07/2012;
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    ABSTRACT: There are three directories for three energy bands: e00170035, e00170060 and e0035_0080. Every directory contains six directories with corresponding 70x36 deg. sky mosaics: GAL-Survey+115 (l=+115°), GAL-Survey+50 (l=+50°), GAL-Survey-115 (l=-115°), GAL-Survey-50 (l=-50°), GAL-Survey-AC (l=180°) and GAL-Survey-GC (l=0°). Files are : *.fpsf.fits - sky flux in mCrab, convolved with instrumental PSF (2D Gaussian, σ=5') *.epsf.fits - 1 σ errors, mCrab (PSF convolved) *.spsf.fits - significance map, (PSF convolved) *_mapdld.fits - raw sky mosaics (not convolved with PSF) *.png - images in PNG format (4 data files).
    VizieR Online Data Catalog. 07/2012;
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    ABSTRACT: Context. The INTEGRAL observatory operating in a hard X-ray/gamma domain has gathered a large observational data set over nine years starting in 2003. Most of the observing time was dedicated to the Galactic source population study, making possible the deepest Galactic survey in hard X-rays ever compiled. Aims. We aim to perform a Galactic survey that can be used as the basis of Galactic source population studies, and perform mapping of the Milky Way in hard X-rays over the maximum exposure available at |b|<17.5 deg. Methods. We used sky reconstruction algorithms especially developed for the high quality imaging of INTEGRAL/IBIS data. Results. We present sky images, sensitivity maps, and catalogs of detected sources in the three energy bands 17-60, 17-35, and 35-80 keV in the Galactic plane at |b|<17.5 deg. The total number of sources in the reference 17-60 keV band includes 402 objects exceeding a 4.7 sigma detection threshold on the nine-year time-averaged map. Among the identified sources with known and tentatively identified natures, 253 are Galactic objects (108 low-mass X-ray binaries, 82 high-mass X-ray binaries, 36 cataclysmic variables, and 27 are of other types), and 115 are extragalactic objects, including 112 active galactic nuclei (AGNs) and 3 galaxy clusters. The sample of Galactic sources with S/N>4.7 sigma has an identification completeness of ~92%, which is valuable for population studies. Since the survey is based on the nine-year sky maps, it is optimized for persistent sources and may be biased against finding transients.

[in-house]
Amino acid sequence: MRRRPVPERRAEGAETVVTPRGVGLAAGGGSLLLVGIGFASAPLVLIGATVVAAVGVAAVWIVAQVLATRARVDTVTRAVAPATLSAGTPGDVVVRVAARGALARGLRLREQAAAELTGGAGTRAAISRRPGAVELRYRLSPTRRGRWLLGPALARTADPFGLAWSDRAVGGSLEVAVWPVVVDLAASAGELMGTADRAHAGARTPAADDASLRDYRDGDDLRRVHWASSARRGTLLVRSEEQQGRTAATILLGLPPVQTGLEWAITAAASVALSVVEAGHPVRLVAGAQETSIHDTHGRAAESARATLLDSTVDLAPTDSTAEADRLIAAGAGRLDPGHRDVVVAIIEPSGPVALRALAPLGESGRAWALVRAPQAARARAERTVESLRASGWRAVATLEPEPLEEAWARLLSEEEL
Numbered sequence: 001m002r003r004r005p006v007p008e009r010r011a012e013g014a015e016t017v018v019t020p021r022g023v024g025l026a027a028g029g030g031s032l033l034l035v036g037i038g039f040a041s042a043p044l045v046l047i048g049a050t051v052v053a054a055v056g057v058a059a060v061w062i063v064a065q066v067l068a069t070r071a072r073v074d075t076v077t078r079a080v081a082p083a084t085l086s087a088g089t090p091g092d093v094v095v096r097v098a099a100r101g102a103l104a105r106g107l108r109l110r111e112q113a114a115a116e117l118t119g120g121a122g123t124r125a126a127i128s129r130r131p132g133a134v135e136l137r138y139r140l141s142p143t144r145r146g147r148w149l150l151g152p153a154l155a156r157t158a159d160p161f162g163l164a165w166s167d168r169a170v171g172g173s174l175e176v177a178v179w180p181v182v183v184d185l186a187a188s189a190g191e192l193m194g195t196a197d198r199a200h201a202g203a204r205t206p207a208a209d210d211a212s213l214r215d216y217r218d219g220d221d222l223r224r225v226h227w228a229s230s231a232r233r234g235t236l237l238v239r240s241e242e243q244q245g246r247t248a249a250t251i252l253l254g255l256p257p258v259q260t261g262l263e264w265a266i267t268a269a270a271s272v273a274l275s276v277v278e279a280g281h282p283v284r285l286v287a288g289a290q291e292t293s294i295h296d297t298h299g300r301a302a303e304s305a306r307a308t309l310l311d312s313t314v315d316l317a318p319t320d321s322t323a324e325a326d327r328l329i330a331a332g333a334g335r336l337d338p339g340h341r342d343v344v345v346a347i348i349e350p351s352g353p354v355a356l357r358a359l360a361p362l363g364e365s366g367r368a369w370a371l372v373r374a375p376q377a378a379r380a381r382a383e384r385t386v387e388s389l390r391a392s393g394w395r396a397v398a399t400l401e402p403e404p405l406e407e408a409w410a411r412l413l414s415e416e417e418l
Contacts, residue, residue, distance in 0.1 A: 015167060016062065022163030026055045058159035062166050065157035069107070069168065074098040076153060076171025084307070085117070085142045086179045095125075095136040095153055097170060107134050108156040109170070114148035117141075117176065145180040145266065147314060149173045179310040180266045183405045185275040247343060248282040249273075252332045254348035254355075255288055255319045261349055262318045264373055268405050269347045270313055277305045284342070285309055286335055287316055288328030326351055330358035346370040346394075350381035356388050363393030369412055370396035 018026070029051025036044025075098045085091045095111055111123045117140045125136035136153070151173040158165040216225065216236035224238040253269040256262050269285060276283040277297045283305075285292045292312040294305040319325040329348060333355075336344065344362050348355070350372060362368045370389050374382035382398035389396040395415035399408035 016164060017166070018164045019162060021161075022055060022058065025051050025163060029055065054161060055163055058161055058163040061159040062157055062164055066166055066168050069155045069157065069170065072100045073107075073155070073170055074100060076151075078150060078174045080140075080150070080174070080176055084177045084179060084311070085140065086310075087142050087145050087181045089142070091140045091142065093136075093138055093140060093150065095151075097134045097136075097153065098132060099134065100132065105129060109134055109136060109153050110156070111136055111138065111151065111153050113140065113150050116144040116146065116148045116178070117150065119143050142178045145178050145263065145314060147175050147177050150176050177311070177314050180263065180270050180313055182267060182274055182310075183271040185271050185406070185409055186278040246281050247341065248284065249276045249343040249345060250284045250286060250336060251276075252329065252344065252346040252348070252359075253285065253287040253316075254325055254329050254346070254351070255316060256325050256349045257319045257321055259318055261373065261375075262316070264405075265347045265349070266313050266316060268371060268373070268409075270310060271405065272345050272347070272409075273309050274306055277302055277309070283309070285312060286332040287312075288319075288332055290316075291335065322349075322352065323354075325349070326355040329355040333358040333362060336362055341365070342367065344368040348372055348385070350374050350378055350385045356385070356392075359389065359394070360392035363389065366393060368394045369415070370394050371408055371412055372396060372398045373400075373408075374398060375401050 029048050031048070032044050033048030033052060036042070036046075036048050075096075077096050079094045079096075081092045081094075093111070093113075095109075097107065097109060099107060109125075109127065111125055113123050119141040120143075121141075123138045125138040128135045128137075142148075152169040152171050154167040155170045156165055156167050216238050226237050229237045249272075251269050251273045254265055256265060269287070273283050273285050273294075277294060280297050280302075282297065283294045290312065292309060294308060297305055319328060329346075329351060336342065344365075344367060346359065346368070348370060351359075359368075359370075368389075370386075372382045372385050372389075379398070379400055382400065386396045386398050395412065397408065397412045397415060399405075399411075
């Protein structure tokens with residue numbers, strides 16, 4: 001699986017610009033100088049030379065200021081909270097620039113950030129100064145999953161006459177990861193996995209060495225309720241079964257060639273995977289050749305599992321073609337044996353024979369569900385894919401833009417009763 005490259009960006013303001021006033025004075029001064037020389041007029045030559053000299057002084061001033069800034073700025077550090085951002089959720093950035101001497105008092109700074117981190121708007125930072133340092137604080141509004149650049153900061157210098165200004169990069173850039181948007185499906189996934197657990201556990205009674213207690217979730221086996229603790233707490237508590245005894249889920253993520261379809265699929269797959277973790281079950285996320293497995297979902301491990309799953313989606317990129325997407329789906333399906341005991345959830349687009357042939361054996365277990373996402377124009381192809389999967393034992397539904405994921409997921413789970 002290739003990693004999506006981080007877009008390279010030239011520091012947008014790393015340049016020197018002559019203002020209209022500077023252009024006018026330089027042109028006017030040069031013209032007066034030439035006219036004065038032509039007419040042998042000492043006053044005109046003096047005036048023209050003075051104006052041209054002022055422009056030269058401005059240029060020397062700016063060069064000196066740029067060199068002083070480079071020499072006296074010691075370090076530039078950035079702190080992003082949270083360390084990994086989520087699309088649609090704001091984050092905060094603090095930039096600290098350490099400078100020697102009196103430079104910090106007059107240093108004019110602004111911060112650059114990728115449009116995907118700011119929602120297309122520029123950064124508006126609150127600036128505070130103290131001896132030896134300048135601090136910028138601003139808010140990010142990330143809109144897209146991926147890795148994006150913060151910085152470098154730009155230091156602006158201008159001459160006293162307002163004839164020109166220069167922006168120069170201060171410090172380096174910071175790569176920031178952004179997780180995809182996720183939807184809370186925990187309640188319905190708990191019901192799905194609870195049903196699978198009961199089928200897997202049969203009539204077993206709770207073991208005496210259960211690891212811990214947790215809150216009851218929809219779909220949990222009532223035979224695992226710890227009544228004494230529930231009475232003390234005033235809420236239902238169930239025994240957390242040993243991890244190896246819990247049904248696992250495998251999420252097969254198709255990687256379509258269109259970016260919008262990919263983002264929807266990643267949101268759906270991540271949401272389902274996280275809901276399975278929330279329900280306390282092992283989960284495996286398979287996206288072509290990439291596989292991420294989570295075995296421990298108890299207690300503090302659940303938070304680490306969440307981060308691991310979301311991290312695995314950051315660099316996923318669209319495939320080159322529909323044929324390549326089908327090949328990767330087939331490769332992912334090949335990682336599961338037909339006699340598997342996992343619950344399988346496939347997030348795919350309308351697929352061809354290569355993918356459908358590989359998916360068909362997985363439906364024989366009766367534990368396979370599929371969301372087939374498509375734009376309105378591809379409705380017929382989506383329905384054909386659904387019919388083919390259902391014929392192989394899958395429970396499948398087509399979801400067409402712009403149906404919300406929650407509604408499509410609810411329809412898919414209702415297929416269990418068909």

Astronomy and Astrophysics 05/2012; · 5.08 Impact Factor
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    A. N. Semena, M. G. Revnivtsev
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    ABSTRACT: We consider the behavior of matter in the accretion column that emerges under accretion in binary systems near the surface of a white dwarf. The plasma heated in a standing shock wave near the white dwarf surface efficiently radiates in the X-ray energy band. We suggest a method for estimating post-shock plasma parameters, such as the density, temperature, and height of the hot zone, from the power spectrum of its X-ray luminosity variability. The method is based on the fact that the flux variability amplitude for the hot region at various Fourier frequencies depends significantly on its cooling time, which is determined by the parameters of the hot zone in the accretion column. This allows the density and temperature of the hot matter to be estimated. We show that the characteristic cooling time can be efficiently determined from the break frequency in the power spectrum of the X-ray flux variability for accreting white dwarfs. The currently available X-ray instruments do not allow such measurements to be made because of an insufficient collecting area, but this will most likely become possible with new-generation large-area X-ray spectrometers.
    Astronomy Letters 05/2012; 38(5). · 0.93 Impact Factor

Publication Stats

2k Citations
533.01 Total Impact Points

Institutions

  • 1998–2014
    • Russian Academy of Sciences
      • Space Research Institute
      Moskva, Moscow, Russia
  • 2013
    • European Space Agency
      Lutetia Parisorum, Île-de-France, France
  • 2000–2013
    • Space Research Institute
      Moskva, Moscow, Russia
  • 2010
    • University of Tuebingen
      • Institute for Astronomy and Astrophysics
      Tübingen, Baden-Württemberg, Germany
  • 2009–2010
    • Technische Universität München
      München, Bavaria, Germany
  • 2008
    • Harvard-Smithsonian Center for Astrophysics
      • Smithsonian Astrophysical Observatory
      Cambridge, Massachusetts, United States